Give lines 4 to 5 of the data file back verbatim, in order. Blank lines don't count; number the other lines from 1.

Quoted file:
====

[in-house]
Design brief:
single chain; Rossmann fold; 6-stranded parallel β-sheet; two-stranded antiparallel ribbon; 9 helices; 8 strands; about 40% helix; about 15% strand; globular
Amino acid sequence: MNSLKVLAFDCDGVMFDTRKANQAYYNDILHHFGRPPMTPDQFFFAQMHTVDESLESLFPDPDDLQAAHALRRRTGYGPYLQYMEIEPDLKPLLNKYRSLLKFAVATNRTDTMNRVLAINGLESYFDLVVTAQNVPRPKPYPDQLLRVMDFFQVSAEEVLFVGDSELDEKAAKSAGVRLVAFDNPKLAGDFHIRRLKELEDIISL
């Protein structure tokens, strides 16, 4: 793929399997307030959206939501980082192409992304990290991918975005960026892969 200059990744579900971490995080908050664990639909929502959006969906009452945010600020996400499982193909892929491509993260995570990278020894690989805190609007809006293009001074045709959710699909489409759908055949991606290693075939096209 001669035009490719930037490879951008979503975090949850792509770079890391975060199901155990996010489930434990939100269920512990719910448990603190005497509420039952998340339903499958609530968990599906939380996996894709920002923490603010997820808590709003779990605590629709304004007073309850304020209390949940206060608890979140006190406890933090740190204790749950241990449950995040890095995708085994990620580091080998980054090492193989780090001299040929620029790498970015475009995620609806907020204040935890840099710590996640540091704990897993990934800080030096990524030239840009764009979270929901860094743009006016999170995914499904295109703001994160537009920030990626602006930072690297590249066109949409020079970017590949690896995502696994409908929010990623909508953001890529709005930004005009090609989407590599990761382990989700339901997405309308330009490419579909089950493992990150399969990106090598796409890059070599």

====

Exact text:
Amino acid sequence: MNSLKVLAFDCDGVMFDTRKANQAYYNDILHHFGRPPMTPDQFFFAQMHTVDESLESLFPDPDDLQAAHALRRRTGYGPYLQYMEIEPDLKPLLNKYRSLLKFAVATNRTDTMNRVLAINGLESYFDLVVTAQNVPRPKPYPDQLLRVMDFFQVSAEEVLFVGDSELDEKAAKSAGVRLVAFDNPKLAGDFHIRRLKELEDIISL
């Protein structure tokens, strides 16, 4: 793929399997307030959206939501980082192409992304990290991918975005960026892969 200059990744579900971490995080908050664990639909929502959006969906009452945010600020996400499982193909892929491509993260995570990278020894690989805190609007809006293009001074045709959710699909489409759908055949991606290693075939096209 001669035009490719930037490879951008979503975090949850792509770079890391975060199901155990996010489930434990939100269920512990719910448990603190005497509420039952998340339903499958609530968990599906939380996996894709920002923490603010997820808590709003779990605590629709304004007073309850304020209390949940206060608890979140006190406890933090740190204790749950241990449950995040890095995708085994990620580091080998980054090492193989780090001299040929620029790498970015475009995620609806907020204040935890840099710590996640540091704990897993990934800080030096990524030239840009764009979270929901860094743009006016999170995914499904295109703001994160537009920030990626602006930072690297590249066109949409020079970017590949690896995502696994409908929010990623909508953001890529709005930004005009090609989407590599990761382990989700339901997405309308330009490419579909089950493992990150399969990106090598796409890059070599």